9. Actually require_once() works just fine for your example. I'm not sure what kind of a problem you're having, but I'm pretty sure that it's not related to require_once() not working in a hook, at least. One issue I can spot right away is your comparison, where "if ($page->template == user) {" should probably be "if ($page->template == 'user') {". It also seems that you've omitted some closing curly braces, but if that wasn't even supposed to be a fully working code sample, so perhaps this was intentional
  10. @flydev: hey there! Just checking, but is there a particular benefit to using WireFileTools instead of PHP's own include() or require()? Haven't used it much myself, so mostly curious. From the first look it seems to me that regular include() or require() would be more efficient and possibly also easier to grasp, but it's entirely possible that I'm missing something important here
  11. @szabesz: that seems pretty weird indeed. I guess it could have something to do with different timezone settings and such.. or not. For the time being I've updated the module to use the DATE_RSS constant instead of the 'r' date format for RSS feed dates, but as far as I can tell that should not make any actual difference. Just a precaution, really. Anyway, let me know if you figure out anything new
  12. The post you linked to actually mentions two reasons why this might be bad: it could be identified as duplicate content and it could have a negative effect on crawl efficiency. Neither is something you should really worry about in this case, but then again: Google is a black box (it's impossible to say for sure how their algorithm works), that article is from 2010 (things have changed a lot since then), and some SEO experts do seem to love their micro-optimisations Although in that article they go on to say that their indexing process "often" automatically detects and corrects this issue, it is also true that this is one of those things that are so easy to fix that, even for a tiny theoretical chance that it could affect your rankings, you should stick with one URL format. According to various sources there's no penalty for duplicate content, especially not in cases like this. It would seem that the only way you can get penalised is if Google thinks you're trying to deceive them somehow with said duplicate content. I highly doubt that the trailing slash issue would count.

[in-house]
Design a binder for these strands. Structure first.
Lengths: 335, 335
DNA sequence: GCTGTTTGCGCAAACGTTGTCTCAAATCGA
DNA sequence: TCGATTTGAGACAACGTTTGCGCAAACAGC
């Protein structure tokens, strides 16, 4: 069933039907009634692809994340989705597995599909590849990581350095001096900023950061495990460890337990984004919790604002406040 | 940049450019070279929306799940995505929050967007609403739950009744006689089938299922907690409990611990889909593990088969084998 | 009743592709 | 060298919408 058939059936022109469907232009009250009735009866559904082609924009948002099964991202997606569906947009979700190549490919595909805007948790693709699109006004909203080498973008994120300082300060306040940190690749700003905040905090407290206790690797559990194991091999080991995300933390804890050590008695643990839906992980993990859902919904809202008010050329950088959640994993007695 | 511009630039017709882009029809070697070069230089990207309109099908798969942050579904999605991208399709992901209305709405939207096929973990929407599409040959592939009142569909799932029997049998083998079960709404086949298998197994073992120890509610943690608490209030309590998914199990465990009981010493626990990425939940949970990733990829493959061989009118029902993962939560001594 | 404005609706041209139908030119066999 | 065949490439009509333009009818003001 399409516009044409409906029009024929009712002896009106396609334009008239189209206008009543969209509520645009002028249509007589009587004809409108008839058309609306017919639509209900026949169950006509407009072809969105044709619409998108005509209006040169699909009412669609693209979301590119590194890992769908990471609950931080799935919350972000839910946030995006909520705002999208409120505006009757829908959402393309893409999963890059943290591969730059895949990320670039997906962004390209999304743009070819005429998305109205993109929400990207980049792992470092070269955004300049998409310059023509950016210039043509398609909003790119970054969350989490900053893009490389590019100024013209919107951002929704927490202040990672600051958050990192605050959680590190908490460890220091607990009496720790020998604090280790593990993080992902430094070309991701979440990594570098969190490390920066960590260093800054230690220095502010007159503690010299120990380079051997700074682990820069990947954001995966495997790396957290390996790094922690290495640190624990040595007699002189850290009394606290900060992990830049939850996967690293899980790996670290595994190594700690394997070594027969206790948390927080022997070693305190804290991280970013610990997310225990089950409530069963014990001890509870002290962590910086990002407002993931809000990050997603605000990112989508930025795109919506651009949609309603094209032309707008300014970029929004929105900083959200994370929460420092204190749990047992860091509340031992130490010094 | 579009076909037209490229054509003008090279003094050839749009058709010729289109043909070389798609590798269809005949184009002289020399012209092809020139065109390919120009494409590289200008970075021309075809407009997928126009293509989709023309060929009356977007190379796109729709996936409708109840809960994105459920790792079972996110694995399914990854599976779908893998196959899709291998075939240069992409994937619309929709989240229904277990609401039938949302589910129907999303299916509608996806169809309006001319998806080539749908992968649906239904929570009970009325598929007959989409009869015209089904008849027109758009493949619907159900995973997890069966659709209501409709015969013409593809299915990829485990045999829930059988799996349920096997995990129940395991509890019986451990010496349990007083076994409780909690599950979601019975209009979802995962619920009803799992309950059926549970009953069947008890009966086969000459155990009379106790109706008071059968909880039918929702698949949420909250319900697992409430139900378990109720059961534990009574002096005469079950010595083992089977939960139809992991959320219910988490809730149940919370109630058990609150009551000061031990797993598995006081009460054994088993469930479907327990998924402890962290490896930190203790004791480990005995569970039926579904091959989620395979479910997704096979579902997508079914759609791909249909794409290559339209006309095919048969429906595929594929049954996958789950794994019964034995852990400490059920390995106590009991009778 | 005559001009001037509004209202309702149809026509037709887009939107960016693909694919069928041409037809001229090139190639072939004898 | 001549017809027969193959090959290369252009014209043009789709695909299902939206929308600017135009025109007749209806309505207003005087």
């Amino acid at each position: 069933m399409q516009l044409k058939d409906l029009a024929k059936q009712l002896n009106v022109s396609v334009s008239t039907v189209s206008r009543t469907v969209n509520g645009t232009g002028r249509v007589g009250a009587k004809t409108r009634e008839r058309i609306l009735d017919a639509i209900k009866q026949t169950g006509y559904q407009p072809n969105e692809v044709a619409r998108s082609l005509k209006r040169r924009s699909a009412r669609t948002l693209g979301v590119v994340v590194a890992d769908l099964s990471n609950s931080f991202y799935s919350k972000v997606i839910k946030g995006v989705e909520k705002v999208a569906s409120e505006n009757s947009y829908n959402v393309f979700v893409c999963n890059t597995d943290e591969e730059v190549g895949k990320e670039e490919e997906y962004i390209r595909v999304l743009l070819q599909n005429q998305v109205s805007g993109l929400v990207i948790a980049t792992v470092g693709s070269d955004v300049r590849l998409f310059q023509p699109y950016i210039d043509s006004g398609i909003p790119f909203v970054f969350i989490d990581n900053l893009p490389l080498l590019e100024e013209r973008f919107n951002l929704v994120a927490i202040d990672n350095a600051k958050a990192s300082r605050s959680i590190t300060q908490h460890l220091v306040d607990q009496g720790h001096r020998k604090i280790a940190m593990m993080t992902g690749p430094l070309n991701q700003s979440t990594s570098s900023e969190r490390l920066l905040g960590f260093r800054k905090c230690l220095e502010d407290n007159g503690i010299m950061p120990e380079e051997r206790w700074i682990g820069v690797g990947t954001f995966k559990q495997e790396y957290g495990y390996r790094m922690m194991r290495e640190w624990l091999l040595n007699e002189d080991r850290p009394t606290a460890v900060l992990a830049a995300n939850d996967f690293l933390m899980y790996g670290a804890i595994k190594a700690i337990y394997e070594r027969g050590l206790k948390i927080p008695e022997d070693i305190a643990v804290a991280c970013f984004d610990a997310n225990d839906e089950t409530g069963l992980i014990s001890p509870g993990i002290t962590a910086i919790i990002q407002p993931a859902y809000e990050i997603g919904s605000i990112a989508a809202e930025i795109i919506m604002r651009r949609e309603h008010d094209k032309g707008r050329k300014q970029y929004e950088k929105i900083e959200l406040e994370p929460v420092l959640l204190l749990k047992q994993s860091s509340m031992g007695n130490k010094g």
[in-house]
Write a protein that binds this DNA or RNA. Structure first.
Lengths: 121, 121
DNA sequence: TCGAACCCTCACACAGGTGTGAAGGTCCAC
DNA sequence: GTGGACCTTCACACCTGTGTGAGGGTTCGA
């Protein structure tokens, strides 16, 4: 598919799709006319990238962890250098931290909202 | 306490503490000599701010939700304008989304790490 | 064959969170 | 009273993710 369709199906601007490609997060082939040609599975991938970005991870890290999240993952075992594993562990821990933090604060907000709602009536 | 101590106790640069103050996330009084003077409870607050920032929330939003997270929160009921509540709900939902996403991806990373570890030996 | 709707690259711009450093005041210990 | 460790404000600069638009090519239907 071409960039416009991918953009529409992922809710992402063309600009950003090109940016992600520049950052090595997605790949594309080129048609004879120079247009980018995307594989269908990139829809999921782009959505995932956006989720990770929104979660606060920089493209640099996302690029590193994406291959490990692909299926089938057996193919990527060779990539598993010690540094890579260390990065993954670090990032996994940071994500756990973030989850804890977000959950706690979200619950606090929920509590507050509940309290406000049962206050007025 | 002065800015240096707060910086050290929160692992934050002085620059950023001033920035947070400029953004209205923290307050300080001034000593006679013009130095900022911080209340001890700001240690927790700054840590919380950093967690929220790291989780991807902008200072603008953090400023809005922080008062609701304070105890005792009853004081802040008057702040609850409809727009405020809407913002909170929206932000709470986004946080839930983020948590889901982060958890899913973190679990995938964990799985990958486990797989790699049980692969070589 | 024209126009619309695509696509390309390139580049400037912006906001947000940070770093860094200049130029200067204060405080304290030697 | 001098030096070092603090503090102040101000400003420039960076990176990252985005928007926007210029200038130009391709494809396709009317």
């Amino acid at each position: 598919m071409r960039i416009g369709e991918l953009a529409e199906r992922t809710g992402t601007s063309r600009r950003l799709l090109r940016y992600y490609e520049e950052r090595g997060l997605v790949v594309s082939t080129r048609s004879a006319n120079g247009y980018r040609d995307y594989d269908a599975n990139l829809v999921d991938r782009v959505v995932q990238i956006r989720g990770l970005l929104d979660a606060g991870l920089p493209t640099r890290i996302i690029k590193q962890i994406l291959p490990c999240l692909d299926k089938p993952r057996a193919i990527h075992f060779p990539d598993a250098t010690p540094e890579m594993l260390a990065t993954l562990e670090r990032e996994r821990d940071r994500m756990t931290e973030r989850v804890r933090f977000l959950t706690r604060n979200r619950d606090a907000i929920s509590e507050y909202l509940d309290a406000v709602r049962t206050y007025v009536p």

13. Thanks, @szabesz. You should probably check if the actual RSS feed has the items in correct order. Just open it in your browser and see how it works there.
  14. @Vayu Robins: thanks for your suggestion, but to be honest I'm a bit hesitant when it comes to this module and tracking values. I'm hoping to update my Version Control module to PW3 sometime soon, and perhaps after that I'll revisit this idea. Just to be clear, there are a couple of reasons why I'm hesitant about this: First of all that would require storing a lot of additional data, which could quickly become a performance issue. Sure, I could make this an optional feature, but all things considered I'm just not sure if it's really worth it. Second of all storing and outputting such data would get really complicated really soon. It's easy as long as we're just talking about simple text or textarea type fields, but what about HTML, fieldtypes with a bunch of different data columns, and files or images? The easy way out would be to only support a limited set of fieldtypes, but I'm worried that this would be a slippery slope And, finally, I'd like to draw some sort of a line between this module and Version Control. Version Control is the rather complex beast that allows you not just to view what was changed, but also makes it possible to switch between different versions of a page. Changelog was always intended as a simple tool for quickly checking who changed what and when.
  15. @szabesz: so far I've been unable to reproduce this issue or figure out it's source. The RSS feed should use the timestamp column from database, and that in turn should be the date of the edit (according to MySQL, as this column is automatically set to CURRENT_TIMESTAMP). Are you sure that this issue only shows up at the RSS feed and not the main Changelog view too?